Beto O’Rourke narrowly lost his battle to take the odious Ted Cruz’s U.S. Senate seat in Texas. But O’Rourke built a campaign so organic and powerful that although he didn’t quite win his own race, he’s probably responsible for winning dozens of others. Not only did the particularly stupid tool Rep. Pete Sessions get ousted, but so, also, did every Republican judge in Dallas and Houston. (One of them actually pitched a temper tantrum in court this morning.) O’Rourke’s campaign likely also is responsible for the fact that Democrats won 31 of 32 contested Court of Appeals races, taking 17 seats from GOP incumbents. That changes the legal/justice landscape of Texas overnight. And Texas was just one state; it’s now looking as if Stacey Abrams’s campaign for Georgia governor helped the aforementioned Lucy McBath across the finish line in the Georgia Sixth as well.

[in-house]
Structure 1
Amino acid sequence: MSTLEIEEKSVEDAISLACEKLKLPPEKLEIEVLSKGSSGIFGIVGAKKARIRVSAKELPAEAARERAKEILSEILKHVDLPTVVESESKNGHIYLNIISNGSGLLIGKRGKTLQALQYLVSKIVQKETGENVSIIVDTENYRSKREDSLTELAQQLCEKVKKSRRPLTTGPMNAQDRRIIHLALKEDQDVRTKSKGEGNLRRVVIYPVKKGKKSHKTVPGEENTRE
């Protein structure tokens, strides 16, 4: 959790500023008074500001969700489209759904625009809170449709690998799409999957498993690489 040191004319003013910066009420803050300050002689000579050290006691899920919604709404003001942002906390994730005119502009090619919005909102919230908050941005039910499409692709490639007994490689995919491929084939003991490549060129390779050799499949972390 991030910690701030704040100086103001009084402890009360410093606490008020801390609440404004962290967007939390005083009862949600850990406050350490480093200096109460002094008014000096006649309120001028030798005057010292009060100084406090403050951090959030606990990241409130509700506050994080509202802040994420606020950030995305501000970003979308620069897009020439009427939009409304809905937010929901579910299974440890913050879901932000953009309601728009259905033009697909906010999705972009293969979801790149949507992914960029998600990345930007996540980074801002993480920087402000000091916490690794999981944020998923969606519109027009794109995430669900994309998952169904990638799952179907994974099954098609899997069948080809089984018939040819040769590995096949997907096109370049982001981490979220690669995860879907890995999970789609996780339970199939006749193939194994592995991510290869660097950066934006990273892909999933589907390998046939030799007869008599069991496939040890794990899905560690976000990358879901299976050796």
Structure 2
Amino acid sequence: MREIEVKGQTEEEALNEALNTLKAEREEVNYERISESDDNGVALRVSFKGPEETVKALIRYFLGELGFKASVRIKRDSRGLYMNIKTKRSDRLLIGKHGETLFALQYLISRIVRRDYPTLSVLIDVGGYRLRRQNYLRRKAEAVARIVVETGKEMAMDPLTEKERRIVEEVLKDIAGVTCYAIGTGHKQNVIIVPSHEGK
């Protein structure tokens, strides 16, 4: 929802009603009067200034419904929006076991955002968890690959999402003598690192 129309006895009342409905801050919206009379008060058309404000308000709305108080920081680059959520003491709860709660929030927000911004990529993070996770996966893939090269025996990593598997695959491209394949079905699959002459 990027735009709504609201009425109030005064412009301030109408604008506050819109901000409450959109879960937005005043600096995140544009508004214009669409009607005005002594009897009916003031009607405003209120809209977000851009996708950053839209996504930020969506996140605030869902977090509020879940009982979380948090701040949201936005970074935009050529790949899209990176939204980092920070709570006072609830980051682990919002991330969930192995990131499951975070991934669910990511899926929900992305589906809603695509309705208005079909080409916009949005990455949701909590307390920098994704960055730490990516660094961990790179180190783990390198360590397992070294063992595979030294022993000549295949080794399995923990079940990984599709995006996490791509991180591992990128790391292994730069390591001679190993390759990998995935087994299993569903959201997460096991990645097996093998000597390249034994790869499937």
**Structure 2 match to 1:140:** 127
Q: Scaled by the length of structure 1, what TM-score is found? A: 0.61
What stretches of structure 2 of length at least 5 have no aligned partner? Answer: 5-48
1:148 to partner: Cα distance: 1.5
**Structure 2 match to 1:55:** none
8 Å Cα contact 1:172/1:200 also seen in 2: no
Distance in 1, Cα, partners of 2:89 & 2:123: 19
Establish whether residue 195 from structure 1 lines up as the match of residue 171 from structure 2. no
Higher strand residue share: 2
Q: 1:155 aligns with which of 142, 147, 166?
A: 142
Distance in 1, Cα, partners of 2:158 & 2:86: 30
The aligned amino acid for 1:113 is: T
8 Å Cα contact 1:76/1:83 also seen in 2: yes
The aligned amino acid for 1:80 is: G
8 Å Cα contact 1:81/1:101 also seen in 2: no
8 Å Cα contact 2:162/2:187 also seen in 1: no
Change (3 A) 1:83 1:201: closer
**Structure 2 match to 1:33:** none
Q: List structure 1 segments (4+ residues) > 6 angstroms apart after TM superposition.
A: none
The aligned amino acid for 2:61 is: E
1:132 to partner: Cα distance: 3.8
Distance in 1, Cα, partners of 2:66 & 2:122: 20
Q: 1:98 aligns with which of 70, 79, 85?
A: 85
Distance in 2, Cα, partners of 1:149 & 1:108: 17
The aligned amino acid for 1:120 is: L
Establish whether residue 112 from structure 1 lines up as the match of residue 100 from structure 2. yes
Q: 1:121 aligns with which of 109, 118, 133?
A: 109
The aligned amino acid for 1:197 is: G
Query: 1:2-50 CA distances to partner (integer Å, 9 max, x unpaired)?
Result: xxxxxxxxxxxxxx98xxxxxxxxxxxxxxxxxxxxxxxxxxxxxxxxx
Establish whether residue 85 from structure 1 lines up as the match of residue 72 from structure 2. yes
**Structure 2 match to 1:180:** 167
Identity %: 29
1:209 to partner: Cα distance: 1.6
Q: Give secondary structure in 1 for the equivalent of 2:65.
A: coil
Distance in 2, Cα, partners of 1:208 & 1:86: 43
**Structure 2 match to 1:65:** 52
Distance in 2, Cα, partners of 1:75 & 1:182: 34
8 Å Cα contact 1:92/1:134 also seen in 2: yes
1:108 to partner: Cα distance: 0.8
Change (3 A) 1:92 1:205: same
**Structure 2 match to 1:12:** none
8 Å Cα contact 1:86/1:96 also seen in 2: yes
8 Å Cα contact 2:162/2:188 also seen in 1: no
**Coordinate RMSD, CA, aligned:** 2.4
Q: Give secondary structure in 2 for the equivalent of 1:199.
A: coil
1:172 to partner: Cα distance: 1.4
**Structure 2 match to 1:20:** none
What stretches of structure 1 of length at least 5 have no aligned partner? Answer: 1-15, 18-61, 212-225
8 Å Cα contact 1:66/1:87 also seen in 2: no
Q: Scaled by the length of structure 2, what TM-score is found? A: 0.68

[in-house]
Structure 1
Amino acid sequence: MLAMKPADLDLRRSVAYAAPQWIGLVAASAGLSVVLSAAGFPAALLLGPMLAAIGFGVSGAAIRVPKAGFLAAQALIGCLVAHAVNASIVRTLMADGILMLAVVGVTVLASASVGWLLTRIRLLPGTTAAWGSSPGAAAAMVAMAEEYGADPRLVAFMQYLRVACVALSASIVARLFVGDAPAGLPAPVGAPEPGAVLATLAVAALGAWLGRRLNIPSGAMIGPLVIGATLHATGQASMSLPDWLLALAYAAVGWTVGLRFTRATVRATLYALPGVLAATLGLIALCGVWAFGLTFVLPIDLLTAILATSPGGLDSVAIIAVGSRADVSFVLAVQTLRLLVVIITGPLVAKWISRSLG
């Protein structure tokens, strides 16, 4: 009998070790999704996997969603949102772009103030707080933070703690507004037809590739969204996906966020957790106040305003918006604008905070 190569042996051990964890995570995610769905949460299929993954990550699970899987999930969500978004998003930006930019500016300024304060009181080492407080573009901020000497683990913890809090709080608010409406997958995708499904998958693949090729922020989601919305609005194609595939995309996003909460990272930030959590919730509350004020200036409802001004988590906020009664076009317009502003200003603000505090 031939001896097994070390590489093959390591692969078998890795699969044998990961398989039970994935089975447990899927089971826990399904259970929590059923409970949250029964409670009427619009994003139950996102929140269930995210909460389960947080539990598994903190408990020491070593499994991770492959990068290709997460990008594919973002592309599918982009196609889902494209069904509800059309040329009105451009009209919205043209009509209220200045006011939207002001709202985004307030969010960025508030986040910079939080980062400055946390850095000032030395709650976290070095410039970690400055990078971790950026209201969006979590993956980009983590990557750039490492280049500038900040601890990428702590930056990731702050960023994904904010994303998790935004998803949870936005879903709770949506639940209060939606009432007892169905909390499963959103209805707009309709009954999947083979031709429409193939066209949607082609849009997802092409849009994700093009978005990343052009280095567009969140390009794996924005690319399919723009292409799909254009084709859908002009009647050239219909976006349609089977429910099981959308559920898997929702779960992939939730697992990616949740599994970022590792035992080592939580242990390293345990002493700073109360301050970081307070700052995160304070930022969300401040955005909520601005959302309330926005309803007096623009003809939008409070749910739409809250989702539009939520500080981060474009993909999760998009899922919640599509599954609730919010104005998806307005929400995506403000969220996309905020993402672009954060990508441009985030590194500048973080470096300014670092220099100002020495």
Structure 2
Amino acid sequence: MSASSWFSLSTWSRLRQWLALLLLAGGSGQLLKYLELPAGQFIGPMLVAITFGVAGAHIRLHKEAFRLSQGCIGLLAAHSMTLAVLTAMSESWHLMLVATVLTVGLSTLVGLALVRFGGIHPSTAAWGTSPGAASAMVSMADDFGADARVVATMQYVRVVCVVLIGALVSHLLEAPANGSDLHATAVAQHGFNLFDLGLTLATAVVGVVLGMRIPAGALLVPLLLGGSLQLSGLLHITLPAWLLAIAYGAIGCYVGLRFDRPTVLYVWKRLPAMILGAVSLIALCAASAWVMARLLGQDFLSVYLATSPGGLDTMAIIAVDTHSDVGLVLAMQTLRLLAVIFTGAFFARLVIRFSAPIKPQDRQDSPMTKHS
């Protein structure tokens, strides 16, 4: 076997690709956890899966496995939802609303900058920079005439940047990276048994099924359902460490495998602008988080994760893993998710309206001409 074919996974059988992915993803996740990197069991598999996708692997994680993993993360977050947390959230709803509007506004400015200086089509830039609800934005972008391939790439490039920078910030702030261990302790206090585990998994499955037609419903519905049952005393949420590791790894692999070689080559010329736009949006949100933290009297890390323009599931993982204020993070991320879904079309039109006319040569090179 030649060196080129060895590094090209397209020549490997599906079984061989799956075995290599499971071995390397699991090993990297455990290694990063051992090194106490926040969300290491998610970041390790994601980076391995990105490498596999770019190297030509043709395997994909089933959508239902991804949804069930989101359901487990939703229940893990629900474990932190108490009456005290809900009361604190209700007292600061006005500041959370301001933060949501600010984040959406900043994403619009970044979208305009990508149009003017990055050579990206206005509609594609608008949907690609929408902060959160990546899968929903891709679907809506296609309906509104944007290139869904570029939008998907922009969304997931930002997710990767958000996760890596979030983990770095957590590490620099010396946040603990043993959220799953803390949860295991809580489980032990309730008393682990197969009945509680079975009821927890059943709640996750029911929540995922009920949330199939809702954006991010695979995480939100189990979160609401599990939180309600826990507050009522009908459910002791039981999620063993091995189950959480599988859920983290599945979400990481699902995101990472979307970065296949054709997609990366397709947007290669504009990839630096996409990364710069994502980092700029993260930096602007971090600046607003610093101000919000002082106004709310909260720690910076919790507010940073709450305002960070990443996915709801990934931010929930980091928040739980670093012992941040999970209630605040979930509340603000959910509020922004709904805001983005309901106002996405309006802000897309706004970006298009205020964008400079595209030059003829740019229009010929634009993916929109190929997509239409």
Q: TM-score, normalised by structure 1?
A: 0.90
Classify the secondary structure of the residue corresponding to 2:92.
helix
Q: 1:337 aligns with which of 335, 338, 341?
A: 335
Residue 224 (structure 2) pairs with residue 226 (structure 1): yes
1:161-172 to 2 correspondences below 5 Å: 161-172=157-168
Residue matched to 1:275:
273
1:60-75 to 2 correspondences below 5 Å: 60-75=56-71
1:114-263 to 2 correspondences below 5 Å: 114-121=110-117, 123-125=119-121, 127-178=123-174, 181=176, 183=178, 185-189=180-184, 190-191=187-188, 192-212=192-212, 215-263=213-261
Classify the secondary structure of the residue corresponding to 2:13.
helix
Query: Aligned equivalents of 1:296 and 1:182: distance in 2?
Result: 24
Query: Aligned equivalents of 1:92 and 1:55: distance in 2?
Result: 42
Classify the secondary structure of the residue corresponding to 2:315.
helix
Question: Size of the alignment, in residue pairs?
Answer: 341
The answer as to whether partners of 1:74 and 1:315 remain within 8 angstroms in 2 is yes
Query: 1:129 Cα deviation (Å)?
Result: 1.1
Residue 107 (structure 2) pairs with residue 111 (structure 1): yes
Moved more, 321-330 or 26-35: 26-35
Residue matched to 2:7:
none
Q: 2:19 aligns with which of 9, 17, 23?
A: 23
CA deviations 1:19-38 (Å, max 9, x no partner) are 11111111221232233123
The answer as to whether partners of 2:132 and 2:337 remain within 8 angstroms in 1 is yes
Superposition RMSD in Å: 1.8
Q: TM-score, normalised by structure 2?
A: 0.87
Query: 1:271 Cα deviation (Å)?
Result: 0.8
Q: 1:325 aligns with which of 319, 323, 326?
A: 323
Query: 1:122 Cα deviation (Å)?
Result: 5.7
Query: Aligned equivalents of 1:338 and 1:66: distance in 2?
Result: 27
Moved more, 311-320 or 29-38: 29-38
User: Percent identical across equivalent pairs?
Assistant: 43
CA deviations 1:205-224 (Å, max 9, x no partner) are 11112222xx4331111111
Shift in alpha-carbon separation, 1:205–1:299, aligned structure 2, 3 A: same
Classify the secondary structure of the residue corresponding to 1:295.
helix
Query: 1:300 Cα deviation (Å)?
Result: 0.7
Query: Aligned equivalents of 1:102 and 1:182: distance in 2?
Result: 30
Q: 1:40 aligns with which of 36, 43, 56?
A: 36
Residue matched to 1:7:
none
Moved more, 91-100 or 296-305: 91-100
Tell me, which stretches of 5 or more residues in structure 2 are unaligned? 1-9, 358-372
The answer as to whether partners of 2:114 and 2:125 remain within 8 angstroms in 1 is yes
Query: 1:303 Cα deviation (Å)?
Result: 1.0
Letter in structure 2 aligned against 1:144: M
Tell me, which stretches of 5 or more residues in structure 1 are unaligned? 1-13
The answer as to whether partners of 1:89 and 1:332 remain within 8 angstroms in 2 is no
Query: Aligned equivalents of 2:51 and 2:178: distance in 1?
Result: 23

And we learned, finally, that we as a people can say, “Yes, Trump is crazy, but look at all this AMAZING stuff we can do if we don’t let ourselves be defined by his craziness and if we show up on Election Day.”

So, no, we didn’t accomplish everything we were hoping for this time last night. But we got a glimpse of what we can accomplish, if we all show up and all keep working. So everyone take a deep breath, and then let’s get to work on 2020 and the ongoing struggle to create a more perfect Union.